The key experiment was to test whether G4-CA was absorbed from the small intestine: in this case, the relatively low dose of 600 μg kg−1 G4-CA was injected intra-ileally. However, first, it was necessary to confirm that G4-CA had normal biological activity when injected intravenously. The first intravenous injection of G4-CA (15 μg kg−1) caused a significant mean peak increase above baseline in total acidity of 0.64±0.26 μmol 15 min−1 (P=0.017), while the second I.V. injection also caused a significant increase of 0.72±0.26 μmol 15 min−1 (P=0.003).
In a total of 17 rats, ileal administration of G4-CA (600 μg kg−1) resulted in a significant mean increase in gastric acid secretion of 1.84±1.49 μmol (P=0.045) over the 3 hr collection period, as illustrated by FIG. 3.
When a solution of tetragastrin and glycocholic acid was added (used in place of cholic acid which by itself is essentially insoluble) so that the ratio of peptide: bile acid in solution was the same as that of the ileally-infused conjugate (approx. 3:2 ratio by weight), the mean response in 5 rats was to cause a drop in mean gastric acid secretion of 0.12±0.22 μmol 180 min−1, which was not significantly different from baseline levels (P=0.28).
When the G4-CA was infused into the jejunum, no increase in gastric acid secretion occurred. Furthermore, when this jejunal infusion was then followed after 3 hr by ileal infusion of G4-CA, gastric acid secretion was strongly stimulated.
In 5 rats, infusion of G4-CA (600 μg kg−1 in 11.0 ml) into the jejunum caused a significant mean reduction in gastric acid levels of 0.70±0.41 μmol 180 min−1 (P=0.018). By contrast, when G4-CA (600 μg kg−1) was subsequently injected intra-ileally (third arrow), the gastric acid levels were significantly increased by 1.63±0.31 μmol (P=0.001).
These results demonstrate the absorption of G4-CA with biological activity preserved. The effect required active conjugation of cholic acid to the tetrapeptide since an effect was not present with either tetragastrin alone or with the separate components of the conjugate. Furthermore, the absorption did not occur from the jejunum but was specific to the ileum: this indicates a requirement for bile salt facilitated transport.
Experiments with Gastrin Decapeptide (G10)
The action of G10 on gastric acid secretion when injected I.V. in the same molar dose as G4 (36 μg kg−1) in 5 rats was to cause a significant stimulation of the peak gastric acid secretion by 1.28±0.93 μmol (P=0.036) in response to the initial injection and by 1.45±1.15 μmol (P=0.048) in response to the second injection at the end of the experiment. Infusion of a large dose of G10 (6600 μg kg−1 in 1.0 ml) into the ileum did not significantly affect gastric acid secretion (−1.22±1.93 μmol 180 min−1, P=0.23).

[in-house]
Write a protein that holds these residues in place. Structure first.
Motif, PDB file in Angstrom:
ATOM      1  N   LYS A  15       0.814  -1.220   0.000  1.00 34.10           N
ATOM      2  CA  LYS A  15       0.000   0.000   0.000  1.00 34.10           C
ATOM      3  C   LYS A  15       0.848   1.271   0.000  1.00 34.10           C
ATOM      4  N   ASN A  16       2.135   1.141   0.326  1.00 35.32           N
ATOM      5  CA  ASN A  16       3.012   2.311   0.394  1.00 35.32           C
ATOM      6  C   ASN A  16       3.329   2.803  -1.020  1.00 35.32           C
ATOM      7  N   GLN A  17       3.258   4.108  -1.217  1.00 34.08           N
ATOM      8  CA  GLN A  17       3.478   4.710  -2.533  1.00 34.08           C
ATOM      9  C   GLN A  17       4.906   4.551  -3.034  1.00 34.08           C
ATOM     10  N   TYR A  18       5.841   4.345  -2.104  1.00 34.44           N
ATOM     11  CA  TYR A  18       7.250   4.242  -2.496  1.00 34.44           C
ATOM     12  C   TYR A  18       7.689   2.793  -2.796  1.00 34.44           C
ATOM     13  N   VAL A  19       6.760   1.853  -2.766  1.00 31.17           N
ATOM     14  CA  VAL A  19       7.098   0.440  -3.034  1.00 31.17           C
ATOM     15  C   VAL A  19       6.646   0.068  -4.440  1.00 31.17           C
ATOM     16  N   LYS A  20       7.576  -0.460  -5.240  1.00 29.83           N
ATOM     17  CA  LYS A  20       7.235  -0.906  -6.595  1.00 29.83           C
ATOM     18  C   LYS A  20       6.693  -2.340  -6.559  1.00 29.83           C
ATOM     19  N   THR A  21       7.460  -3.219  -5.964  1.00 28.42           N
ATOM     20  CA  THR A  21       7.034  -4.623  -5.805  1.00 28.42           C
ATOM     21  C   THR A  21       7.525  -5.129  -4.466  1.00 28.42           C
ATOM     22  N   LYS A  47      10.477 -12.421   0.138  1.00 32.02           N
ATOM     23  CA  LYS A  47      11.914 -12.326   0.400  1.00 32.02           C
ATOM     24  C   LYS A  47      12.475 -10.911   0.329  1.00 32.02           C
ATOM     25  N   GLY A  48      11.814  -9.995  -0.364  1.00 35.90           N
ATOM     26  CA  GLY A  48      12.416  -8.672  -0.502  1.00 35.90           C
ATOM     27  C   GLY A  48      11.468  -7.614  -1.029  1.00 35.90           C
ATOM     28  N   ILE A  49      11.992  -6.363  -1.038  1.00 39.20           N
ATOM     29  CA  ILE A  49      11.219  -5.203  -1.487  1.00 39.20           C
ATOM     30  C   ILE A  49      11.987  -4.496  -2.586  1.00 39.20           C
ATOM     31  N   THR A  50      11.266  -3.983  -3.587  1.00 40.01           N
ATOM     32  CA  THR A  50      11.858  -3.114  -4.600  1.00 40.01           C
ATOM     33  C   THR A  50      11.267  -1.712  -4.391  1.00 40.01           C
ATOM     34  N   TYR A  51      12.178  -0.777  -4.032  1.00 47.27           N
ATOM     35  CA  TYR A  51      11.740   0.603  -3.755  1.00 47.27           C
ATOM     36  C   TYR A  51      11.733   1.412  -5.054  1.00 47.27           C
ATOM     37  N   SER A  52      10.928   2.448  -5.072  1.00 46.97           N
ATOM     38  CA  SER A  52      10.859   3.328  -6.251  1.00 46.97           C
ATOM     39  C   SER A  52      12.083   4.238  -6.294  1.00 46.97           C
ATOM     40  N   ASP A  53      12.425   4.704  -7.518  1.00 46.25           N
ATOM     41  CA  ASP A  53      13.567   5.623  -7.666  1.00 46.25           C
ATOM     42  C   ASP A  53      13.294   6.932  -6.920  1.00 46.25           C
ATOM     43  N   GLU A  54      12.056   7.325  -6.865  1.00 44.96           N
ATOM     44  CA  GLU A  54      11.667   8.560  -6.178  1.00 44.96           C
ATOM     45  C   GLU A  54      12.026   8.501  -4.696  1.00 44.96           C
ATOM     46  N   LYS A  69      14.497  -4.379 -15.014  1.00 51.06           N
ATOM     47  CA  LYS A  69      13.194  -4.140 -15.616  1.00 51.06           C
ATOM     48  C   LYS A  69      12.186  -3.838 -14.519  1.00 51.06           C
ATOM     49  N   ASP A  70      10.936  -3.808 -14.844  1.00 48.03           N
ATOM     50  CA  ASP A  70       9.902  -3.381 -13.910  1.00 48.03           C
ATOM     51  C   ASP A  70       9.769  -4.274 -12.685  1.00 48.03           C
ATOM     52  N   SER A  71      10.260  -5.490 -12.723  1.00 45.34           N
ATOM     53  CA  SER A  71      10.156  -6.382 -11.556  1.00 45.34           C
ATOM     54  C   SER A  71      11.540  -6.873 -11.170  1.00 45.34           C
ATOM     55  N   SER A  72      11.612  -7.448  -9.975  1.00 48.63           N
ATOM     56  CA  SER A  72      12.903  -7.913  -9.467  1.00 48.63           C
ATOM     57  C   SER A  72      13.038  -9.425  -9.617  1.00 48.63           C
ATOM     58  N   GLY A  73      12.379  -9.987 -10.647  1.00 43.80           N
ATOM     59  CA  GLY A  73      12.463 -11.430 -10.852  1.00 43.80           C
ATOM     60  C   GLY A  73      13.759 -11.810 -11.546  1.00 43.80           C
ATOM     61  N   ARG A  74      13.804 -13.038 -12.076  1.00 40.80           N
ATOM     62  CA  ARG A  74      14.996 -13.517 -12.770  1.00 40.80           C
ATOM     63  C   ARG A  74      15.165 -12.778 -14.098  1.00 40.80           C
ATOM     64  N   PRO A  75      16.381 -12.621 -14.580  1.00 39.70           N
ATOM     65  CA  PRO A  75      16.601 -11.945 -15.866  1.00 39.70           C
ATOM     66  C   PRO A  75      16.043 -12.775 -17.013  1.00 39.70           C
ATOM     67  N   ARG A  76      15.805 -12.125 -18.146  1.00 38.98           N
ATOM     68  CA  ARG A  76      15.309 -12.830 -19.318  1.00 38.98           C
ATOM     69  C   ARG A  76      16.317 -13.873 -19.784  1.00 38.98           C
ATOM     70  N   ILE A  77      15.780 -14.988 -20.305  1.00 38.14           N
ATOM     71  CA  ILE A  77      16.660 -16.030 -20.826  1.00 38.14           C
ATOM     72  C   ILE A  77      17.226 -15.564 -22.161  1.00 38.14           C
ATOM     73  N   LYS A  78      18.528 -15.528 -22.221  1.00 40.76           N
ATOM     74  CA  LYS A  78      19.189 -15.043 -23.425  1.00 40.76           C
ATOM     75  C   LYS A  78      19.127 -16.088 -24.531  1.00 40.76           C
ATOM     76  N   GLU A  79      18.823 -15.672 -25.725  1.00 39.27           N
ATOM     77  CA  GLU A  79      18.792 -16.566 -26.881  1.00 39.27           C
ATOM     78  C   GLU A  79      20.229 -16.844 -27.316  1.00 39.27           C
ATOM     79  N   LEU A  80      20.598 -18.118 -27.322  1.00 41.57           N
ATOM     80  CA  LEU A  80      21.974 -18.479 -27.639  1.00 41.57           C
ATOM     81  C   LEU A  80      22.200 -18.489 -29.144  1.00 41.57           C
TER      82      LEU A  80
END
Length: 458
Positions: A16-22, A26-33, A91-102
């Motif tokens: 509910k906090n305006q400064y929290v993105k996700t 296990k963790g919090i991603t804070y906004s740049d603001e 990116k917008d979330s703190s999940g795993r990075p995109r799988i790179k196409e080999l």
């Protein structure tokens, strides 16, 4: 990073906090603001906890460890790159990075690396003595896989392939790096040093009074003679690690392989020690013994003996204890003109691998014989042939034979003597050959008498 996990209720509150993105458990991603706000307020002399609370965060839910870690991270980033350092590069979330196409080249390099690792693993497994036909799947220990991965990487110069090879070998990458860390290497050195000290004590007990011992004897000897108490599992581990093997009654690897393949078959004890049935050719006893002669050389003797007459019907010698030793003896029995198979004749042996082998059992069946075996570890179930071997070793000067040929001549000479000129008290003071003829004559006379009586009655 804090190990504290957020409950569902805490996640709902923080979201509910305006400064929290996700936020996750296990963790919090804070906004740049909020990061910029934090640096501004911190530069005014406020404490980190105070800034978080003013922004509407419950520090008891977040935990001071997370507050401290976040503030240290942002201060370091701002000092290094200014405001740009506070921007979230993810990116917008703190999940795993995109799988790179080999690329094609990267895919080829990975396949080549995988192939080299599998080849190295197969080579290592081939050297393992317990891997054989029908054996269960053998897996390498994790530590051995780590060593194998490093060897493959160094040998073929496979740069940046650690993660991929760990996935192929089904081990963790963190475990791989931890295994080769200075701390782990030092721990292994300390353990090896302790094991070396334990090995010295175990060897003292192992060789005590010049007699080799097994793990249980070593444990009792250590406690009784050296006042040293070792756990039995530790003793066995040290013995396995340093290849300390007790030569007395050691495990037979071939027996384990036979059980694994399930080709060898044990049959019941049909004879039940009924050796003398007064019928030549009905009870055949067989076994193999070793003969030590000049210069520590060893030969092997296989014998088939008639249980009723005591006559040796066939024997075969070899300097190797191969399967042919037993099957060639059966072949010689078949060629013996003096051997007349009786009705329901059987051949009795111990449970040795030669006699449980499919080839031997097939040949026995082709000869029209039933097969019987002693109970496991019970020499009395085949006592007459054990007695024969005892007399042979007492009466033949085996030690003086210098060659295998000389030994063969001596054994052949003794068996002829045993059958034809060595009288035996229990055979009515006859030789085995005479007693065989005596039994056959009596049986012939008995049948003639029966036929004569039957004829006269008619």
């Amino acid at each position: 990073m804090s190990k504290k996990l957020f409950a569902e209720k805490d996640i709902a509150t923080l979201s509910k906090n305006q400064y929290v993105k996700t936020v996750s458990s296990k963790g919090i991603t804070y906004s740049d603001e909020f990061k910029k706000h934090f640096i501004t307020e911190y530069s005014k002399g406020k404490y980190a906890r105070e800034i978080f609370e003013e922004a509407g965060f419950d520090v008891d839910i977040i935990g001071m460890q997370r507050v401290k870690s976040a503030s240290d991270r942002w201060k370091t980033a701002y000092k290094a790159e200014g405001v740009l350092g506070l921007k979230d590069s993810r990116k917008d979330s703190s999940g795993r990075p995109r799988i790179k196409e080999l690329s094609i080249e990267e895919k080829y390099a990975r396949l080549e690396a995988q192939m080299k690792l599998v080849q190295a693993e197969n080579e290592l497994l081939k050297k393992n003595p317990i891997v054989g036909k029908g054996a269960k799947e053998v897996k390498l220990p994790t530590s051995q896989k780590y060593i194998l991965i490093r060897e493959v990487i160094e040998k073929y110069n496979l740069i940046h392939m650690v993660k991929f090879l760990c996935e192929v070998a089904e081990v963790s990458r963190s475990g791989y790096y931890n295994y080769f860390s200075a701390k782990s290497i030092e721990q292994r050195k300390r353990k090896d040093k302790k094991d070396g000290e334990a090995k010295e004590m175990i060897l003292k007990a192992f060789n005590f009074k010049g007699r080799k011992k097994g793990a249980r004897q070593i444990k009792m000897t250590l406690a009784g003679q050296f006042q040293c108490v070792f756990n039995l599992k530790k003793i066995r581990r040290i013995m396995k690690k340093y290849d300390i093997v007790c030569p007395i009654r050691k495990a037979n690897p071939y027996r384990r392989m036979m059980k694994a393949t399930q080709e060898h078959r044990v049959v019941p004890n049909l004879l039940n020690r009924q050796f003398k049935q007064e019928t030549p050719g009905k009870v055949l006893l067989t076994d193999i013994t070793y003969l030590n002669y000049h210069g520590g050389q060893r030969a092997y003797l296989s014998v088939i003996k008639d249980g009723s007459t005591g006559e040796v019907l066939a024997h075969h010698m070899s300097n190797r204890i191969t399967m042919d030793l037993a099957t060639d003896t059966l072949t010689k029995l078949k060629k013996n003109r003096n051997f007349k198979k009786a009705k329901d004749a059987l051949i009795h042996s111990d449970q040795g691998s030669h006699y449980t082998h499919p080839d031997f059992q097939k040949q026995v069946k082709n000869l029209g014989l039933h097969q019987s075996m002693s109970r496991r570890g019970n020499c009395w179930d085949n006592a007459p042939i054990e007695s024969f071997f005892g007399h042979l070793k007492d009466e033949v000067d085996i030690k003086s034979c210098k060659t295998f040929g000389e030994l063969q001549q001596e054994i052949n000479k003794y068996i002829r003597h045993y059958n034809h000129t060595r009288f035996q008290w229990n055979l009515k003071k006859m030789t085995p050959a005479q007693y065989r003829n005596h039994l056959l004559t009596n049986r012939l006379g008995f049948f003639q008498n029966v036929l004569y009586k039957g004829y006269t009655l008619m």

By contrast, G10-CA proved to cause responses showing several differences from G10. In 5 rats the following results were obtained. First, G10-CA I.V. was biologically much more active than G10. Even after reduction of the dose to 3.3 μg kg−1 a marked stimulation of gastric acid secretion resulted as shown by significant increases in the mean peak responses: 5.69±1.46 μmol (P=0.001) in response to the first injection and 7.32±2.69 μmol (P=0.004) in response to the second injection. This implies that conjugation of G10 to cholate improves bioavailability and activity of G10 when administered intravenously.
When G10-CA was infused intra-ileally on the same molar basis as G4-CA (1000 μg kg−1 in 1.0 ml), there was considerable stimulation of gastric acid secretion with a mean increase of 21.45±14.42 μmol 180 min−1 (P=0.029). This confirms that longer peptides are transportable across the wall of the ileum.
Experiments with 34 Mer-Gastrin (G34)
In 5 rats, the action of G34 on gastric acid secretion when injected I.V. with a near threshold dose (10 ng kg−1) was to cause a significant stimulation of the peak gastric acid secretion by 0.14±0.034 μmol (P=0.0008) in response to the initial injection and 0.23±0.051 μmol (P=0.0005) in response to the second injection at the end of the experiment. Infusion of G34 at the high dose of 10.5 mg kg−1 in 1.0 ml into the ileum did not cause a significant change in mean gastric acid secretion (0.202±0.262 μmol 180 min−1, P=0.16).
G34-CA, injected intravenously on an equimolar basis (14 ng kg−1), caused significantly greater responses than G34 (P<0.0036). In response to the first I.V. injection, the mean peak response was 0.254±0.023 mmol (P=0.0001) and in response to the second I.V. injection was 0.400±0.047 μmol (P=0.0001). When G34-CA was infused intra-ileally (2700 μg kg−1 in 1.0 ml), stimulation of gastric acid secretion occurred with a mean increase of 1.742±0.277 μmol 180 min−1 (P=0.0001). This confirms that a molecule as large as 34mer gastrin is transportable across the wall of the small intestine.
In the prior art, the absorption of peptide hormones or polysaccharides has been described by the mixing of the peptide hormone or polysaccharide with other transport enhancing substances, including bile salts (WO 96/06635 and U.S. Pat. No. 5,866,536). Such a facilitatory action has also been observed with the cholate conjugated derivatives of the present invention. After introduction of the cholate conjugated form of gastrin (G4-CA, G10-CA, G34-CA) into the ileum, absorption of the conjugated gastrin across the ileal wall into the circulation occurred. When this was followed by ileal instillation of the unconjugated form of gastrin (G4, G10, G34, respectively), absorption of the unconjugated gastrin occurred with a resultant stimulation of gastric acid secretion, whereas injection of the unconjugated gastrin without prior injection of the respective conjugate was without effect on gastric acid secretion. In 4 rats, intraileal infusion of G34 subsequent to intraileal infusion of G34-CA caused a mean increase in gastric acid secretion of 5.68±1.38 μmol 180 min−1 (P=0.004).
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|Citing Patent||Filing date||Publication date||Applicant||Title|
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|International Classification||A61K38/00, C07K14/595, C07K14/47, C07K14/575|
|Cooperative Classification||A61K38/00, C07K14/595, A61K47/48123, C07K14/575, C07K14/47|
|European Classification||A61K47/48H4R, C07K14/47, C07K14/575, C07K14/595|